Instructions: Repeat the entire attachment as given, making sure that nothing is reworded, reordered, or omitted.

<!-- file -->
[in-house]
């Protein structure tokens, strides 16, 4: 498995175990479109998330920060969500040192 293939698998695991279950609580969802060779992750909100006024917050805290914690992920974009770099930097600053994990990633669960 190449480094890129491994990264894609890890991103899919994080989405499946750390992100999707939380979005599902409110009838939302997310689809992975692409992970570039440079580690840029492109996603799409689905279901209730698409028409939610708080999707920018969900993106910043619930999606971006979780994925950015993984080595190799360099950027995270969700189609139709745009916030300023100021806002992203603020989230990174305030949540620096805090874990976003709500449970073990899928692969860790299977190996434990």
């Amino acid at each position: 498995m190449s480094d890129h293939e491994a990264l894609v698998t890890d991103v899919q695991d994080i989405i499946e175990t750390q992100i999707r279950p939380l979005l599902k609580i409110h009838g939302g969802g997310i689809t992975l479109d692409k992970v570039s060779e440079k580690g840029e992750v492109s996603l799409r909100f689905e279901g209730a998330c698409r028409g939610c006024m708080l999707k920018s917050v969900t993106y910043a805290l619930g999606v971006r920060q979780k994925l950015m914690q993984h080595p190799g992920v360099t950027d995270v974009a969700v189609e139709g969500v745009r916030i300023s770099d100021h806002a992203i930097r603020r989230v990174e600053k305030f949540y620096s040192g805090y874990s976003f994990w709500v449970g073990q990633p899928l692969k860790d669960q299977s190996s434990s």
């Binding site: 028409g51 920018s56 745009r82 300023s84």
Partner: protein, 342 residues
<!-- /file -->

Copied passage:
[in-house]
């Protein structure tokens, strides 16, 4: 498995175990479109998330920060969500040192 293939698998695991279950609580969802060779992750909100006024917050805290914690992920974009770099930097600053994990990633669960 190449480094890129491994990264894609890890991103899919994080989405499946750390992100999707939380979005599902409110009838939302997310689809992975692409992970570039440079580690840029492109996603799409689905279901209730698409028409939610708080999707920018969900993106910043619930999606971006979780994925950015993984080595190799360099950027995270969700189609139709745009916030300023100021806002992203603020989230990174305030949540620096805090874990976003709500449970073990899928692969860790299977190996434990």
């Amino acid at each position: 498995m190449s480094d890129h293939e491994a990264l894609v698998t890890d991103v899919q695991d994080i989405i499946e175990t750390q992100i999707r279950p939380l979005l599902k609580i409110h009838g939302g969802g997310i689809t992975l479109d692409k992970v570039s060779e440079k580690g840029e992750v492109s996603l799409r909100f689905e279901g209730a998330c698409r028409g939610c006024m708080l999707k920018s917050v969900t993106y910043a805290l619930g999606v971006r920060q979780k994925l950015m914690q993984h080595p190799g992920v360099t950027d995270v974009a969700v189609e139709g969500v745009r916030i300023s770099d100021h806002a992203i930097r603020r989230v990174e600053k305030f949540y620096s040192g805090y874990s976003f994990w709500v449970g073990q990633p899928l692969k860790d669960q299977s190996s434990s």
């Binding site: 028409g51 920018s56 745009r82 300023s84």
Partner: protein, 342 residues